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Retirement age in spotlight in bid to attract, retain older workers

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Japanese employers embrace ageing workforce

Japanese employers are taking steps to encourage older workers to remain in the workforce by enhancing their benefits and raising the retirement age. One such example is Sumitomo Chemical, which plans to gradually increase the retirement age from 60 to 65, with the annual pay remaining the same as before turning 60. Previously, the company allowed employees aged 60 and above to reapply for their jobs but at significantly reduced pay levels of 40% to 50% of their previous earnings. Recognizing the importance of utilizing senior talent, a human resources manager at Sumitomo Chemical emphasized the need for their active participation.

According to the Recruit Works Institute, Japan is expected to face a labor shortage of 11 million workers by 2040, underscoring the significance of retaining older employees in the workforce. In response to this trend, the employment rate for individuals aged 65 to 69 has risen approximately 14 points over a decade to reach 50.8%, making up 21.6% of the employed population, as reported by the Ministry of Internal Affairs and Communications.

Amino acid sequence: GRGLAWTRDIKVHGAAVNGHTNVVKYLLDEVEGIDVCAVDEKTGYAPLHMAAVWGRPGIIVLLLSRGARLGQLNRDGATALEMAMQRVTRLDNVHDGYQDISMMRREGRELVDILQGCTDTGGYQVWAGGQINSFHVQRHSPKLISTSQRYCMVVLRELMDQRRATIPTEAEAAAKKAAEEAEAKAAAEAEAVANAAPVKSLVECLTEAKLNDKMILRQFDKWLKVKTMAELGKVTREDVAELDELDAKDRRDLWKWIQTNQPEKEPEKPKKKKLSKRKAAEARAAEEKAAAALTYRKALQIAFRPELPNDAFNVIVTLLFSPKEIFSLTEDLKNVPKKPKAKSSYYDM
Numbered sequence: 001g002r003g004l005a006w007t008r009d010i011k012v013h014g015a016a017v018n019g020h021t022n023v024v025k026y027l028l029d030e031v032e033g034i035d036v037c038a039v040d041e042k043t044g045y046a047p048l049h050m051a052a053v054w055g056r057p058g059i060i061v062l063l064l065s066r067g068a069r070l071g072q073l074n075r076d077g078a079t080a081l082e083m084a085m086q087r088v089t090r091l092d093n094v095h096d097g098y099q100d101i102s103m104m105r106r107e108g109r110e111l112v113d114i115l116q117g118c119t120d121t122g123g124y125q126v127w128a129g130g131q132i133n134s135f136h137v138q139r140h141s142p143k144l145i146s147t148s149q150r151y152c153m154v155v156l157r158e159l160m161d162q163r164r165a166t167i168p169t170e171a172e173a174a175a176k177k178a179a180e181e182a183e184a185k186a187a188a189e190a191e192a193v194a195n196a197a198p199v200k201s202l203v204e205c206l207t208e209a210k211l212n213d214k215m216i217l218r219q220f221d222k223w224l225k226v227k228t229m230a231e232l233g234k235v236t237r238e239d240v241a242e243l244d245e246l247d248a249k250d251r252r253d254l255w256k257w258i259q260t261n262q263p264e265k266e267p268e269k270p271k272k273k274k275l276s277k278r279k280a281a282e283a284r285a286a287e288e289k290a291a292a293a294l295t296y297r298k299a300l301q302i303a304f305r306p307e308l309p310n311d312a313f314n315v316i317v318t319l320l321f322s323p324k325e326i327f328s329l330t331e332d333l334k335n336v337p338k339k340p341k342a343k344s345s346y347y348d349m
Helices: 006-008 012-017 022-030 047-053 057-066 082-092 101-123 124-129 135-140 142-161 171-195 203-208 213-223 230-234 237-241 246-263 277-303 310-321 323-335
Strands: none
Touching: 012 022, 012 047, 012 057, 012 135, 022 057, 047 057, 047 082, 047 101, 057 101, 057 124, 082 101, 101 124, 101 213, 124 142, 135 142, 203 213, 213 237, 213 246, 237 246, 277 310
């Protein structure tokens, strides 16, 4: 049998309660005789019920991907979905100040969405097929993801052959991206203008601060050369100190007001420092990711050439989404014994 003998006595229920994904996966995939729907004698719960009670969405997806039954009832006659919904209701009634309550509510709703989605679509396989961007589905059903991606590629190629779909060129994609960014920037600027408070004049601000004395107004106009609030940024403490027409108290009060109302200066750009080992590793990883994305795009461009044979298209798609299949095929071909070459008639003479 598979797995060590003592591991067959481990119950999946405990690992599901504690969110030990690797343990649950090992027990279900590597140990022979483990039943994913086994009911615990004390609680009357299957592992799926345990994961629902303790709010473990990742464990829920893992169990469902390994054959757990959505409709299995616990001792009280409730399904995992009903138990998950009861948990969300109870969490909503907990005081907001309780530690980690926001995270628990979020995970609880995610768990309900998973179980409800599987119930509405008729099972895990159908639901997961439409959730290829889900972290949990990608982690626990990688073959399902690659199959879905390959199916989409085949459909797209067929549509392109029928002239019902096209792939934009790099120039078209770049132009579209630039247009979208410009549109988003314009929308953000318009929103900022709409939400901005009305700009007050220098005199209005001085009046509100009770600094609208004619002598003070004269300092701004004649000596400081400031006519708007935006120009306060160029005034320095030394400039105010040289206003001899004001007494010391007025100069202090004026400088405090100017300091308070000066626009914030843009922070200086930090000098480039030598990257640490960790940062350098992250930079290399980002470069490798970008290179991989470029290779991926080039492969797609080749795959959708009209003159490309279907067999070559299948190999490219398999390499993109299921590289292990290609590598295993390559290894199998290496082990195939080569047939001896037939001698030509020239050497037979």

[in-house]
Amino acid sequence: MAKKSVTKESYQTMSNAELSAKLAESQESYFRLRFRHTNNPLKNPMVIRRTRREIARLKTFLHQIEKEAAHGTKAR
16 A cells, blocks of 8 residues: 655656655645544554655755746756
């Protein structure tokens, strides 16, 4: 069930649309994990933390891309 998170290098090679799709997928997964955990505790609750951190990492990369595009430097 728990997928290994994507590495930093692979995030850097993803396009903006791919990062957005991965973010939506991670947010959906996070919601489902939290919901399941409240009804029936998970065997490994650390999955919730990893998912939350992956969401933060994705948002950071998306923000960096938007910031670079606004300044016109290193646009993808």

Murata Manufacturing, a supplier for Apple, is also following suit by increasing its retirement age from 60 to 64 and reforming its pay structure for employees aged 60 and above. Traditionally, mandatory retirement has been employed to create opportunities for younger workers to progress in their careers. However, experts like Hisashi Yamada, an economist and professor at Tokyo’s Hosei University, are emphasizing the need to promote active participation among seniors while simultaneously reforming seniority-based personnel systems to ensure younger workers have ample opportunities to participate actively in the workforce.

Other companies are also taking measures to retain and incentivize older employees. Toridoll Holdings, the operator of Marugame Seimen udon chain, has raised the age limit for on-site supervisors from 65 to 70. Similarly, Royal Holdings, another restaurant operator, is offering higher pay for retired employees who choose to return to work after the age of 60, providing them with 85% of regular employees’ pay, an increase from the previous 78%.

In contrast to Japan’s approach, the United States prohibits age discrimination in employment and lacks a mandatory retirement age, except in specific occupations. Workers in the U.S. are increasingly expecting to retire at the age of 66, according to a 2022 Gallup poll, which reflects an upward trend compared to two decades ago.

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